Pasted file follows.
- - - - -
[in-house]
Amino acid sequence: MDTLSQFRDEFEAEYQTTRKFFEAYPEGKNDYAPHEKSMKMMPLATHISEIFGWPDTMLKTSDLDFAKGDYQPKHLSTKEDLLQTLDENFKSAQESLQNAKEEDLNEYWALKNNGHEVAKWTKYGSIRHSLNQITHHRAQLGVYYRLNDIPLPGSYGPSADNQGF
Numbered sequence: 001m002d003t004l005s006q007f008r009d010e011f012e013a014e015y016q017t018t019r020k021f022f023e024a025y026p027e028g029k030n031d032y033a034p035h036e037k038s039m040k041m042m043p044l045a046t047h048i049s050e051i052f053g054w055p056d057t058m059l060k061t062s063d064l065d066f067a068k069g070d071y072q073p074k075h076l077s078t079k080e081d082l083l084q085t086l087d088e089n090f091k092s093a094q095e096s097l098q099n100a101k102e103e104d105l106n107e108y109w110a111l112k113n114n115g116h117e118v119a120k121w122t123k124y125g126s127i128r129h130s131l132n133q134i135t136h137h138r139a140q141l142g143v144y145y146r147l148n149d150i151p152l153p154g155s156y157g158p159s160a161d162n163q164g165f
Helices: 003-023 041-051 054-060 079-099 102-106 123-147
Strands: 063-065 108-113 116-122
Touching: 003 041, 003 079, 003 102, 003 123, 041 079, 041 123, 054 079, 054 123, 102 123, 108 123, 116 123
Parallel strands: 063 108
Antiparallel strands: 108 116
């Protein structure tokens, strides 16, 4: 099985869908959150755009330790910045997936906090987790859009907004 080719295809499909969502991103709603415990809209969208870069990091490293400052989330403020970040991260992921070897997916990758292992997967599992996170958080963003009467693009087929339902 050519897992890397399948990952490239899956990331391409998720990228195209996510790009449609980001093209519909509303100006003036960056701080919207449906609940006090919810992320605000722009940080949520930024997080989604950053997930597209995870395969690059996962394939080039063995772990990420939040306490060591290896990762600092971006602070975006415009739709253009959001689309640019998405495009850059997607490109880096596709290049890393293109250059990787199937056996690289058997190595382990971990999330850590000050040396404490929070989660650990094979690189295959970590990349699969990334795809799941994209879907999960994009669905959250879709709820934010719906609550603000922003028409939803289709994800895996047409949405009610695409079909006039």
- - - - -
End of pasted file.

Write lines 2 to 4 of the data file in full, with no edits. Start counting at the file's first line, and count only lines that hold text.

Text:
Amino acid sequence: MDTLSQFRDEFEAEYQTTRKFFEAYPEGKNDYAPHEKSMKMMPLATHISEIFGWPDTMLKTSDLDFAKGDYQPKHLSTKEDLLQTLDENFKSAQESLQNAKEEDLNEYWALKNNGHEVAKWTKYGSIRHSLNQITHHRAQLGVYYRLNDIPLPGSYGPSADNQGF
Numbered sequence: 001m002d003t004l005s006q007f008r009d010e011f012e013a014e015y016q017t018t019r020k021f022f023e024a025y026p027e028g029k030n031d032y033a034p035h036e037k038s039m040k041m042m043p044l045a046t047h048i049s050e051i052f053g054w055p056d057t058m059l060k061t062s063d064l065d066f067a068k069g070d071y072q073p074k075h076l077s078t079k080e081d082l083l084q085t086l087d088e089n090f091k092s093a094q095e096s097l098q099n100a101k102e103e104d105l106n107e108y109w110a111l112k113n114n115g116h117e118v119a120k121w122t123k124y125g126s127i128r129h130s131l132n133q134i135t136h137h138r139a140q141l142g143v144y145y146r147l148n149d150i151p152l153p154g155s156y157g158p159s160a161d162n163q164g165f
Helices: 003-023 041-051 054-060 079-099 102-106 123-147